Two Houston attorneys have been appointed to replace Collin County District Attorney Greg Willis in any potential prosecution of Attorney General Ken Paxton for violating state securities law.
The Texas Rangers are currently investigating Paxton, whose relationship with Willis has raised questions about how Collin County would handle the case.
Kent Schaffer and Brian Wice will serve as criminal district attorneys pro tem, according to an order signed Tuesday by Scott Becker, a judge in Collin County district court. The order leaves open the possibility of "further additional appointments."
Earlier this week, Willis asked to step aside as the Rangers look into Paxton, a friend and business partner. Becker granted that request, ensuring Willis will not be involved in any potential prosecution of Paxton for breaking state securities law in Collin County.
Paxton admitted last year to soliciting investment clients for another friend and business partner without properly registering with the state. He was reprimanded and fined $1,000 by the State Securities Board.
While neither Schaffer nor Wice have worked as prosecutors, both have extensive criminal defense backgrounds. Wice recently worked on the defense team of NFL Star Adrian Peterson with attorney Rusty Hardin and is the legal analyst for KPRC-TV in Houston. Peterson pleaded no contest to a child abuse charge for disciplining his son with a wooden switch. He was sentenced to probation.
Wice is most known as a member of the team that won an appeal of the 2010 conviction of former House Majority Leader Tom DeLay. A Travis County jury convicted the former lawmaker of conspiring to launder $190,000 in campaign donations to seven Texas legislative candidates. But the 3rd Court of Appeals reversed the conviction and that decision was upheld by the Texas Court of Criminal Appeals.
Shaffer has represented high-profile politicians and business leaders, including R. Allen Stanford and former U.S. Rep. Craig Washington, and has handled legal affairs for athletes and celebrities including Farrah Fawcett.
Disclosure: Rusty Hardin is a major donor to The Texas Tribune. A complete list of Texas Tribune donors and sponsors can be viewed here.
Earlier story: Collin County District Attorney Greg Willis has asked to step aside as the Texas Rangers begin investigating whether his friend and business partner Attorney General Ken Paxton should be criminally prosecuted for violating state securities laws.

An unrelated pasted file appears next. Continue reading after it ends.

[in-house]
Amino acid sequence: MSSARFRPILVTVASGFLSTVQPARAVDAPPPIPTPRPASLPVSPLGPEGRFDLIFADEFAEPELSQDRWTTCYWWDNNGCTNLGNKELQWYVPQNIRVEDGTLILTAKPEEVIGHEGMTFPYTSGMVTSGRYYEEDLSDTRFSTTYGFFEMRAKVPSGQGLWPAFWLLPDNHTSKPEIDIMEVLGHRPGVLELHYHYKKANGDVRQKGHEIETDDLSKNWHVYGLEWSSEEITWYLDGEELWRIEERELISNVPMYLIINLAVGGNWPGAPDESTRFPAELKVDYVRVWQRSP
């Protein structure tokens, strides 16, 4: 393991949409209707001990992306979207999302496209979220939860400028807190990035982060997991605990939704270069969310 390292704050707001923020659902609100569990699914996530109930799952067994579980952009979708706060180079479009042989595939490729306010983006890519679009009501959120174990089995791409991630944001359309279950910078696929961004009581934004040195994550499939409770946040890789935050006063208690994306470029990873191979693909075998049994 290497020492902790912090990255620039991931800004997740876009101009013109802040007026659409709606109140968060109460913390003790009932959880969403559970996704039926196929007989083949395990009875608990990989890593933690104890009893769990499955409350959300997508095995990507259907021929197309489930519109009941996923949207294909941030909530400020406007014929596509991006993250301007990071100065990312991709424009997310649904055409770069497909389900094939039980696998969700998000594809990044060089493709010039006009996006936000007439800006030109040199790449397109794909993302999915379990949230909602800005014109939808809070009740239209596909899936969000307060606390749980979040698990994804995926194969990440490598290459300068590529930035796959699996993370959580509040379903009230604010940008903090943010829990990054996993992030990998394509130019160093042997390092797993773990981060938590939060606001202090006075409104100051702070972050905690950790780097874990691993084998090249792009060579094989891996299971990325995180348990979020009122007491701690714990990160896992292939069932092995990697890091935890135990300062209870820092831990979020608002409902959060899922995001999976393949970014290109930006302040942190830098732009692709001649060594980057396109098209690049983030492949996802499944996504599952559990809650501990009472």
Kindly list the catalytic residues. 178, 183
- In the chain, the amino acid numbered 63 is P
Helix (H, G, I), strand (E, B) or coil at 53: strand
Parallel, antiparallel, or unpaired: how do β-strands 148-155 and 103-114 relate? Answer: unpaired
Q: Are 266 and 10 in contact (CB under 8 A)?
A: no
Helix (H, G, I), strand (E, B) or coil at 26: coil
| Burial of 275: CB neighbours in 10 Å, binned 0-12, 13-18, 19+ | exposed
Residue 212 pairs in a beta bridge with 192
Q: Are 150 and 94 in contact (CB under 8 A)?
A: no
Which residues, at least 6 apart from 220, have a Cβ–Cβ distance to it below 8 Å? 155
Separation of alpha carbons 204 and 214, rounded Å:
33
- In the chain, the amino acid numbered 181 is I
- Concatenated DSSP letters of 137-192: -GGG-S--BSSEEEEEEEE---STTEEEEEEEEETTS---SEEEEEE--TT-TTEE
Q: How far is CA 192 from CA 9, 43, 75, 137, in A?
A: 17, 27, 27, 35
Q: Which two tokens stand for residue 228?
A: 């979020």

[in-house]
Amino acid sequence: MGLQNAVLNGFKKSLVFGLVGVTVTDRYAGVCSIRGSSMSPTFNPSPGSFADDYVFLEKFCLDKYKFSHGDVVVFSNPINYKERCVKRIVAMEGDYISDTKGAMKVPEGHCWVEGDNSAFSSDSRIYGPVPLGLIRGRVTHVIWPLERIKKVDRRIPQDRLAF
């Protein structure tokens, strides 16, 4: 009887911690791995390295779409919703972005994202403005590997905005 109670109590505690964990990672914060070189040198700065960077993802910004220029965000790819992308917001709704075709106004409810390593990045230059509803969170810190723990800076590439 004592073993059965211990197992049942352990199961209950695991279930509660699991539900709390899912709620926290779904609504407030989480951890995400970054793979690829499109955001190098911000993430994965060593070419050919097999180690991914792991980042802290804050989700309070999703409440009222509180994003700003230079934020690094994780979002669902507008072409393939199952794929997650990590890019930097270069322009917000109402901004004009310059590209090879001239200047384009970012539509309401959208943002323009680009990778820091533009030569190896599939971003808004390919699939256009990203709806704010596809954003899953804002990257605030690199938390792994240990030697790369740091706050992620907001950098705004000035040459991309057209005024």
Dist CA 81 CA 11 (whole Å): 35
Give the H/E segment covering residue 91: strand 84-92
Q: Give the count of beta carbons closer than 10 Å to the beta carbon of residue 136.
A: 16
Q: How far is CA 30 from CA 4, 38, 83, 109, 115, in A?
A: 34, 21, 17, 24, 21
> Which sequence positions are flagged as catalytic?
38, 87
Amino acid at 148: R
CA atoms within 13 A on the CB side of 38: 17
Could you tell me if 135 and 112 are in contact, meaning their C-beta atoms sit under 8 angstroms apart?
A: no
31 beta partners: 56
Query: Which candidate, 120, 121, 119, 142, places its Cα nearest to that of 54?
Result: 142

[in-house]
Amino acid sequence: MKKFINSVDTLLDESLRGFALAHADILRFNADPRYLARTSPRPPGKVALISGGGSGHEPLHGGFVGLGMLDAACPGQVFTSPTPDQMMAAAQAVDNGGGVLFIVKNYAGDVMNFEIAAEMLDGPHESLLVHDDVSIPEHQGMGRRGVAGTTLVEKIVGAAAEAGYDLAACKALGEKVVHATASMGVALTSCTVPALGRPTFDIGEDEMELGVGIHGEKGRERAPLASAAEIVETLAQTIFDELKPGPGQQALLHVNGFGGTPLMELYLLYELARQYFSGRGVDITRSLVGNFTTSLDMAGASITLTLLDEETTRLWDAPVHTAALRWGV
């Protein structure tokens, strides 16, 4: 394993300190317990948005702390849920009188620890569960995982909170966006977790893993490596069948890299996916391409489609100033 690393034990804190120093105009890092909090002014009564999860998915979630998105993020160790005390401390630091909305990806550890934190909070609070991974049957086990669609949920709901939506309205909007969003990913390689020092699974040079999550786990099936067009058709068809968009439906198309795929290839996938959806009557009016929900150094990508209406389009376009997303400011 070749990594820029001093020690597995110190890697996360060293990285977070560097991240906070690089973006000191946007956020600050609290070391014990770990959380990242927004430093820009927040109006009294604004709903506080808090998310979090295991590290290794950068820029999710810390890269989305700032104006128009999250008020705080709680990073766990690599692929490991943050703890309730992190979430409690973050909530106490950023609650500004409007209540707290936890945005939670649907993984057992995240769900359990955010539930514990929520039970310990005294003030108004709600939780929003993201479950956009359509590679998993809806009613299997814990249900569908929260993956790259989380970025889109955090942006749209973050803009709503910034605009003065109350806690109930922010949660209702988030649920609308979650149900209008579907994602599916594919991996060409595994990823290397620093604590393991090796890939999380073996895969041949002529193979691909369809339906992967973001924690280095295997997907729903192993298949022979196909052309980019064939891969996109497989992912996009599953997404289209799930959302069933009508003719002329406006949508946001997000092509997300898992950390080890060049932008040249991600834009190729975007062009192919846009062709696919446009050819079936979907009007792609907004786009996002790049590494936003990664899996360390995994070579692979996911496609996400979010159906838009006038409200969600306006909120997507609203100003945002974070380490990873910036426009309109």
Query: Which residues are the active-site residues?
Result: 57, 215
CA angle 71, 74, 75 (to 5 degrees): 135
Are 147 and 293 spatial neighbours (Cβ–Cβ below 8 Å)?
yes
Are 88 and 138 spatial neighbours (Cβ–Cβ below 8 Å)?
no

In a motion filed Monday in Collin County district court, Willis asked Judge Scott Becker to appoint a criminal district attorney pro tem in his place as investigators probe Paxton, who admitted last year soliciting investment clients for another friend and business partner without properly registering with the state. Paxton was "reprimanded" and fined $1,000 by the State Securities Board.
Willis' motion notes the request is somewhat unusual because a criminal case does not exist from which Willis can ask to be removed. Instead, Willis said he is seeking recusal in response to Travis County's referral of the case to Collin County, as well as a complaint by a "political group" thought to be the liberal Austin-based watchdog group Texans for Public Justice.
"Normally any recusal considerations are prompted after a law enforcement agency’s submission of an investigated case to our office. This has not happened," Willis wrote. "Nevertheless, now that an investigative agency has been tasked to investigate this matter, and to avoid any potential appearance of impropriety arising from his business and personal relationship with Ken Paxton, the undersigned Criminal District Attorney of Collin County respectfully requests this Honorable Court to appoint a Criminal District Attorney Pro Tem of Collin County in this matter."
A criminal district attorney pro tem is seen as less beholden to the person stepping aside than a special prosecutor, which some have called for given the relationship between Willis and Paxton.
If accepted, Willis' request means he will not be involved in any potential prosecution of Paxton in Collin County.
Earlier this month, Willis said he had asked the Texas Rangers to "follow up" on allegations referred to his office about Paxton. That move came shortly after a letter surfaced indicating a Collin County grand jury was interested in Paxton.
In January, the Travis County district attorney's office shut down its investigation of Paxton without bringing criminal charges. It then sent a referral letter reiterating the allegations — not the same as criminal case — to Collin County, where Paxton copped to breaking the law.
Paxton spokesman Anthony Holm emphasized earlier this month that Collin County still has not received a criminal case on which Willis or any other prosecutor can take action. Holm did not return a call late Tuesday.
Willis first disclosed his request for recusal in an interview Tuesday with The Dallas Morning News.